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19.1   Memory Space Basics

Simics memory-spaces are handled by the generic memory-space class. A memory-space object implements interface functions for memory accesses, and it has attributes specifying how the mappings are setup.

The most important attribute in a memory-space is the map attribute. This is a list of mapped objects that may contain devices, RAM and ROM objects, and other memory-spaces. In addition to the map attribute, there is also a default_target attribute that is used for accesses that don't match any of the targets in the map list.

Python example of a memory-space object where already created objects are mapped into a new memory space:

@mem = pre_conf_object('phys_mem', 'memory-space') = [[0x00000000, conf.ram0,    0, 0,          0xa0000],
            [0x000a0000, conf.vga0,    1, 0,          0x20000],
            [0x000c0000, conf.rom0,    0, 0,          0x10000],
            [0x000f0000, conf.rom0,    0, 0,          0x10000],
            [0x00100000, conf.ram0,    0, 0x100000, 0xff00000],
            [0xfee00000, conf.apic0,   0, 0,           0x4000],
            [0xffe81000, conf.hfs0,    0, 0,               16],
            [0xffff0000, conf.rom0,    0, 0,          0x10000]]
@mem.default_target = [conf.pci_mem0, 0, 0, conf.pci_mem0]
@SIM_add_configuration([mem], None)

The fields for an entry in the map list are as follows:

The start address of the mapping in the memory space.
Reference to the mapped object.
An object specific identification number for this mapping. The function number is typically used by objects that have several mappings. When an object is accessed, it can use the function number to figure out what mapping it was accessed through.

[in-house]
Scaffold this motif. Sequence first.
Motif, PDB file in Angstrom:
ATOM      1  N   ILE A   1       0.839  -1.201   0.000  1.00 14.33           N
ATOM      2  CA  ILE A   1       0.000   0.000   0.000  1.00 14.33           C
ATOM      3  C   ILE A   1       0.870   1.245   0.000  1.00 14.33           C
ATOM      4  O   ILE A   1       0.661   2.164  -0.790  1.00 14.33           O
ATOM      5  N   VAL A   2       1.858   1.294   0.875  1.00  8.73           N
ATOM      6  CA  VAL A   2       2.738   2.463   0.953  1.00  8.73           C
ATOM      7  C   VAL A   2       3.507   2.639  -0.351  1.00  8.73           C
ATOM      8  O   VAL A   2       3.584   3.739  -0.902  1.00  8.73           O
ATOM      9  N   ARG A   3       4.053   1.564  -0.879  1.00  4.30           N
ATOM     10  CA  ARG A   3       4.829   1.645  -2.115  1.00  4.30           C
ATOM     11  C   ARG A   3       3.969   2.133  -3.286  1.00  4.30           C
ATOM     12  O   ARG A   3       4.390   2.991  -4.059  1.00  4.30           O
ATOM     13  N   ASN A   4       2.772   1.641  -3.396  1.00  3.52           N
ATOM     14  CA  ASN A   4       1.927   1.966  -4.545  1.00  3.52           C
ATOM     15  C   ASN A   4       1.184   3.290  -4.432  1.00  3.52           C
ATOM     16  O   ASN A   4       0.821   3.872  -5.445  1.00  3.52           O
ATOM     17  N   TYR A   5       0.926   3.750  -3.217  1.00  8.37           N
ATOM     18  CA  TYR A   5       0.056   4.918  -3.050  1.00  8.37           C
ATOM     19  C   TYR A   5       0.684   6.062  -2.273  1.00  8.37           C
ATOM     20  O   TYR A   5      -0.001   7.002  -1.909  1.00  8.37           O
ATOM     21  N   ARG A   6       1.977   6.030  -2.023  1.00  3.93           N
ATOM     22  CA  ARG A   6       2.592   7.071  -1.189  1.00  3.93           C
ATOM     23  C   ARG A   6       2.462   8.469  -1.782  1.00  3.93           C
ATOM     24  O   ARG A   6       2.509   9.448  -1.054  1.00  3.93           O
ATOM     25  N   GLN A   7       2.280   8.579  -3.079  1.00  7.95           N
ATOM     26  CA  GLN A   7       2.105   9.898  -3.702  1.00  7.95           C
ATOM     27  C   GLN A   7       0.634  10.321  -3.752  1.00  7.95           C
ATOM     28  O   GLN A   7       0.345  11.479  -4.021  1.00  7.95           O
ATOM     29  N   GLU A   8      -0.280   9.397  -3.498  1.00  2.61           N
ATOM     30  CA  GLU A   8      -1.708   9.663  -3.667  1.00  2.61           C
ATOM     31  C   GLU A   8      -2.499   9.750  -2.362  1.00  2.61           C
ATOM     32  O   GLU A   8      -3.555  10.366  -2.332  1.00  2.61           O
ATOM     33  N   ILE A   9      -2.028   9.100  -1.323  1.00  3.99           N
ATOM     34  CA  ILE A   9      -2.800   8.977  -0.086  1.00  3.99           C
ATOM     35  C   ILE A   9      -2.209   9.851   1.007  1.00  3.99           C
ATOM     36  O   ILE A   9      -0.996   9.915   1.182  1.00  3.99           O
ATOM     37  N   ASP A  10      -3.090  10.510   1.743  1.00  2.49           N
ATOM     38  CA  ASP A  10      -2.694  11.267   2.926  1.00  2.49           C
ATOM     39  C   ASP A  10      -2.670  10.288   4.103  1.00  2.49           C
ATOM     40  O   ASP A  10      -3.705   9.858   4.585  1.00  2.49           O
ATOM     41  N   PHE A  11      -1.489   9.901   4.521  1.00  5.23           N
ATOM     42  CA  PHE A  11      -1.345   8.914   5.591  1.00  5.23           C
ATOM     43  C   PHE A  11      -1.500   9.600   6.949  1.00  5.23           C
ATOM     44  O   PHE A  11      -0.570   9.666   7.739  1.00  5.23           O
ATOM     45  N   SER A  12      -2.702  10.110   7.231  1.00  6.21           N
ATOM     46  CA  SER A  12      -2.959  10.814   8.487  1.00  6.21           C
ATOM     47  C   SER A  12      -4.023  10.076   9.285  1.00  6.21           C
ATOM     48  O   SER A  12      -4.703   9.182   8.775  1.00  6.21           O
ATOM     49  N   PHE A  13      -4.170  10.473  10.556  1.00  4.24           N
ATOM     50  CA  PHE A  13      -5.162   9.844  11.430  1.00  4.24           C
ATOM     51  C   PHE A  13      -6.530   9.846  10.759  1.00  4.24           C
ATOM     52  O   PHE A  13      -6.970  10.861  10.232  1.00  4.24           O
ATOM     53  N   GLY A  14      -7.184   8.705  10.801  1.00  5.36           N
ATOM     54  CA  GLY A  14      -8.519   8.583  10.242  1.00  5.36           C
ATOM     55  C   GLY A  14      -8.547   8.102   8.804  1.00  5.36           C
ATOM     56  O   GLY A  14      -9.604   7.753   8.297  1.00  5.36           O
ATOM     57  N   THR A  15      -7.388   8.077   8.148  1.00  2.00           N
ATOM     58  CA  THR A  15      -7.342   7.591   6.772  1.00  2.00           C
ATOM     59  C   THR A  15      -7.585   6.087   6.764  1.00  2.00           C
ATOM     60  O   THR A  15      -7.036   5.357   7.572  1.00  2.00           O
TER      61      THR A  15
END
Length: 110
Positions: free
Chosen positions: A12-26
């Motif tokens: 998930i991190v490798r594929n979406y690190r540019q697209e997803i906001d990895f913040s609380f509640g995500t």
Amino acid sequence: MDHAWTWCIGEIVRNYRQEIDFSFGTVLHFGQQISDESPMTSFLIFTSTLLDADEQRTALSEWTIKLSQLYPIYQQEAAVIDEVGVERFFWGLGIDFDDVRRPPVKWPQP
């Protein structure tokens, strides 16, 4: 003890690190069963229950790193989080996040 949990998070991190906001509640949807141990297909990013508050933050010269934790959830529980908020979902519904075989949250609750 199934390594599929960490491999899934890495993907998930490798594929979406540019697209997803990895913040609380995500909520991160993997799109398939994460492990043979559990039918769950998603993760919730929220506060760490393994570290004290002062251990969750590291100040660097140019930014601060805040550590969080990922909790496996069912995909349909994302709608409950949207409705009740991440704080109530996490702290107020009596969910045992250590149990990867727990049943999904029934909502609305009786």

The start offset in the target object. This is often used when a memory-space is mapped in another memory-space. Example: memory-space B is mapped in space A at base 0x4000 with length 0x1000, and with offset 0x2000. If an access is made in space A at address 0x4010, it will be forwarded to space B at address 0x2010. Without any offset in the mapping, the resulting address would have been 0x10.
The size of the mapping in bytes.
(optional) If object isn't the final destination for the access, then target is a reference to the actual target object. This is described in more details in the section about different mapping types.
(optional) The priority of the mapping. Default is 0 (highest priority), and the lowest is 256. If mappings overlap, then the priority field specified what mapping that has precedence. It is an error if overlapping mappings have the same priority. Usually overlapping mappings should be avoided, but for bridges that catch unclaimed accesses in specific address ranges the priority field is useful. There are also devices that have overlapping mappings that have different priorities, and in that case the priority field in the map list can be used.
(optional) The align-size can be be used if a target does not support large accesses. Accesses that crosses an alignment boundary will be split into several transactions by the Simics memory system. By default this will be set to 4 bytes for port space devices, 8 bytes for other devices and 4096 or 8192 for memory.
(optional) Some device mappings reverse the byte order of data, to support mixed-endian environments. The reverse-endian field can be used to model this behavior. It will reverse the byte-order of data for mappings that have an align-size of 2, 4 or 8 bytes.

Note: In Simics versions prior to 2.0, the priority field was a "reverse-endian" flag. Old checkpoints will automatically be updated with this field cleared, since the handling of endian swapping has changed. This old "reverse-endian" flag was obsoleted since devices in 2.0 read and write data with explicit endianness, and reversing the byte-order of all accesses in a memory-space often was incorrect.

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